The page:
Wow, what a great month of weather we have just had. Couldn’t have asked for a more perfect run of weather over the Christmas holiday break. Hot sunny days, crystal clear water and light winds. This perfect weather and hot days meant plenty of time in the water. As the temperature of the water warms up certain species of nasties become more active and prevalent. Irukandji jellyfish, blue-ringed octopus, stonefish, fireweed, and many other nasties can inhabit these local waters.
Summer days floatlining the shallows in 15m of water
At this time of year, we have seen an increase in Irukandji stings on the Fraser Coast. These tiny killers of the oceans are usually under 2cm in size and can inflict painful and possibly life-threatening injuries. The symptoms of an Irukandji jellyfish sting are not immediate and may take 5 to 45 minutes after the initial sting. If vinegar is available, douse the area of the sting and carefully remove the stinging tentacles. Keep an eye on the victim and call 000 immediately if anyone gets stung. Always keep a first aid kit with you whenever you head out camping or boating also add any additional pieces of first aid equipment like vinegar, Nurofen plus, antihistamines etc to personalise your kit to suit your needs. It’s better to be safe than sorry.
Some awesome crabs from January’s full moon king tides
Also make sure all flares, EPIRBs, radios and navigational equipment are all working well and in date. We are now in the middle of an extremely dry and hot summer, and hopefully, soon we get some decent rainfall events. Not only do the farmers and growers need the rain desperately, but also the marine ecosystems need some quality rain also. You’ve heard the old saying “if its a drought on the land its a drought in the ocean”. The current weather conditions in the Coral Sea have been perfect cyclone forming conditions.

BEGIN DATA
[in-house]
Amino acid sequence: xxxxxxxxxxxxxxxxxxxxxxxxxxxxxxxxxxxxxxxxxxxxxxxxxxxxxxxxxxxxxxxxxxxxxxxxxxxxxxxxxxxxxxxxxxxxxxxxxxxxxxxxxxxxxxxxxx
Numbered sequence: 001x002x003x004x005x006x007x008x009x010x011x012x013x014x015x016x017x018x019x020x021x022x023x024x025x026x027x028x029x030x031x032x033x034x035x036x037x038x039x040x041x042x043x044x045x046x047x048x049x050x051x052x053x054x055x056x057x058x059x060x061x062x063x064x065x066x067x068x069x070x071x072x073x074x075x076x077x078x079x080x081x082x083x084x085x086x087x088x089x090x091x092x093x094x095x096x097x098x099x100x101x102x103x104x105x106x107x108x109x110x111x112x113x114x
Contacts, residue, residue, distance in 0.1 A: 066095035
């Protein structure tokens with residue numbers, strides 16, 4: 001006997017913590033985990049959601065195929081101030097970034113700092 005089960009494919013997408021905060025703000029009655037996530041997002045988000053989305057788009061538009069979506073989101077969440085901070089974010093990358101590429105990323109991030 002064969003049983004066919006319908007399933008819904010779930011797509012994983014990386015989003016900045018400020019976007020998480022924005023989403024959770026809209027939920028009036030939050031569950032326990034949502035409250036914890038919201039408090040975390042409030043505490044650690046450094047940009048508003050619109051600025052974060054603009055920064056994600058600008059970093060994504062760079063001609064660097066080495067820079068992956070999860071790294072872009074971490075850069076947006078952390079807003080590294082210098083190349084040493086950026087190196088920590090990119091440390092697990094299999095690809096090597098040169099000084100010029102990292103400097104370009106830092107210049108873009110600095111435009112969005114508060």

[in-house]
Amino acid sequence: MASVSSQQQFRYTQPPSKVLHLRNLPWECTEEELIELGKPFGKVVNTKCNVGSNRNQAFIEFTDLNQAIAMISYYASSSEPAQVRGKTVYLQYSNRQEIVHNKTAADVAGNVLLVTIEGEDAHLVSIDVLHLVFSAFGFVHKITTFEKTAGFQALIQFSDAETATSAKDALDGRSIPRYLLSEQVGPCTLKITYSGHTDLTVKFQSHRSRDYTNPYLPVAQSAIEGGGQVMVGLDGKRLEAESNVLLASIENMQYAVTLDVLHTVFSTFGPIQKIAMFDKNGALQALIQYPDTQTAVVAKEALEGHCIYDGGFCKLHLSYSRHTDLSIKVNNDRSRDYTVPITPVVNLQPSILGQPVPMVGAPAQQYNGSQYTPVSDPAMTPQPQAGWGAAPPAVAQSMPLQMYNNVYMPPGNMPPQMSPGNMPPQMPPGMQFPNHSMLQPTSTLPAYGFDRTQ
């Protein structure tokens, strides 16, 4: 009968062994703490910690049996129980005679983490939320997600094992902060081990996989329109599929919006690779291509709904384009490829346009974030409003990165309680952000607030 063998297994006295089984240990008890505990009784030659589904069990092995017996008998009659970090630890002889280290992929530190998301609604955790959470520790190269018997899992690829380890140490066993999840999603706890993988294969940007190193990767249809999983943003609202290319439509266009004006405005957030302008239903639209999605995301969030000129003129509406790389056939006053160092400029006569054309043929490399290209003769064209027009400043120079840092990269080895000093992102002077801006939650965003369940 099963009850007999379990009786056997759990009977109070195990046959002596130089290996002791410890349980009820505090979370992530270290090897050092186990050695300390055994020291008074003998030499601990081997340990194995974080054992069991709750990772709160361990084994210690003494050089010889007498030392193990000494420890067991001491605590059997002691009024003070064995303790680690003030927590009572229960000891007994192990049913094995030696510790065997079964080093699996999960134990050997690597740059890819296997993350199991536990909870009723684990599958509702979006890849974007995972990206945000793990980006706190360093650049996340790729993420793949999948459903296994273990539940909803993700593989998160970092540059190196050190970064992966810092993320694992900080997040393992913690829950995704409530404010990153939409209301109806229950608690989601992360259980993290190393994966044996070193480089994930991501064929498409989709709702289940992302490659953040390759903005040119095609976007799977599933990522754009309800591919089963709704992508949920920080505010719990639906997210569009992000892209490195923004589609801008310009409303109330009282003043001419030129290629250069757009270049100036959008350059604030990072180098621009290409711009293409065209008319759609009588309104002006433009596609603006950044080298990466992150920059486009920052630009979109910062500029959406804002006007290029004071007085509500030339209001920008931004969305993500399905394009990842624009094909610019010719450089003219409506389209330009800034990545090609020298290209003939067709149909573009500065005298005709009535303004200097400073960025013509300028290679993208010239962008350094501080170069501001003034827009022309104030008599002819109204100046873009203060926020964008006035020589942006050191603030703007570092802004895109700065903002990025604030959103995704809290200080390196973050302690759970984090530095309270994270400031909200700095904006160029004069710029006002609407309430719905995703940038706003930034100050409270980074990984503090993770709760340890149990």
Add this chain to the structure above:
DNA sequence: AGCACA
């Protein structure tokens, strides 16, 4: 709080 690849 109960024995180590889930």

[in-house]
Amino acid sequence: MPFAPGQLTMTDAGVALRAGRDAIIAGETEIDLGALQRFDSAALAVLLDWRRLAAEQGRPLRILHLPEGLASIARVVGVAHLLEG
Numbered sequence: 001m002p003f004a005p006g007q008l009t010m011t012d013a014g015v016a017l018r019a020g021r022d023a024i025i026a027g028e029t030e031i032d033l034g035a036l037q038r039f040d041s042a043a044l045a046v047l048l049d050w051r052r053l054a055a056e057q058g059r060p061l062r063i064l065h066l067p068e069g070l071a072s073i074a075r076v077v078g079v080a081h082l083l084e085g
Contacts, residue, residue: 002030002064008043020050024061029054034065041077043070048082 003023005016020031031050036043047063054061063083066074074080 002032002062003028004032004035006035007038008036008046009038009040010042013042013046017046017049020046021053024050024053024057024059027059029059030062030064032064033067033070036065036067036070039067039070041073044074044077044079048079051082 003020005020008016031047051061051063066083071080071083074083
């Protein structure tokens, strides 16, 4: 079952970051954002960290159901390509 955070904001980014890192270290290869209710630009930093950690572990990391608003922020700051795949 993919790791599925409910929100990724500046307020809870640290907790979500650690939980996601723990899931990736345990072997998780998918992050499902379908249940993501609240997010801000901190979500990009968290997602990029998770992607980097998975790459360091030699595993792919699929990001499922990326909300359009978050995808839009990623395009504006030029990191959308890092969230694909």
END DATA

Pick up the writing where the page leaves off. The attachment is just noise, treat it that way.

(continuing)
There’s quite a good chance of possibly a couple of cyclones developing around mid-February through to the end of March. Over the last few weeks the massive bait schools have moved into the bay and behind the big bait schools have been longtail tuna, spotted school and Spanish mackerel, cobia, sharks, barracuda and marlin. The other day just northwest of Bulwer there was about 4 or 5 marlin working underneath a big ball. We jigged mackerel for about 3 hours from the school.
Kids love spinning up mackies
The cobia, cod, and reefies have also been on the bite throughout the bays coffee rock patches and ledges. Out off the cape dolphin fish, tuna, mackerel, wahoo and marlin getting taken from the cape to the wide Caloundra shelf areas. Up the passage, the flattys, whiting, cod, jacks, javelin fish and muddies are firing with most areas holding fish. Down around the Bongaree area of the passage there has been a lot of moses perch and grass sweetlip on the coffee rock.
Also some great big duskys and summer whiting on the weed and coffee rock patches. Not many sand crabs in the passage, although if you know where to crab you will get a good feed. The muddies have been quite good with most of the passage creeks holding good bucks. So over the next few months expect most summer species to be firing and hopefully some more great weather conditions around our beautiful island and a lot fewer tourists…lol…”And don’t destroy what you come to enjoy “ and tight lines.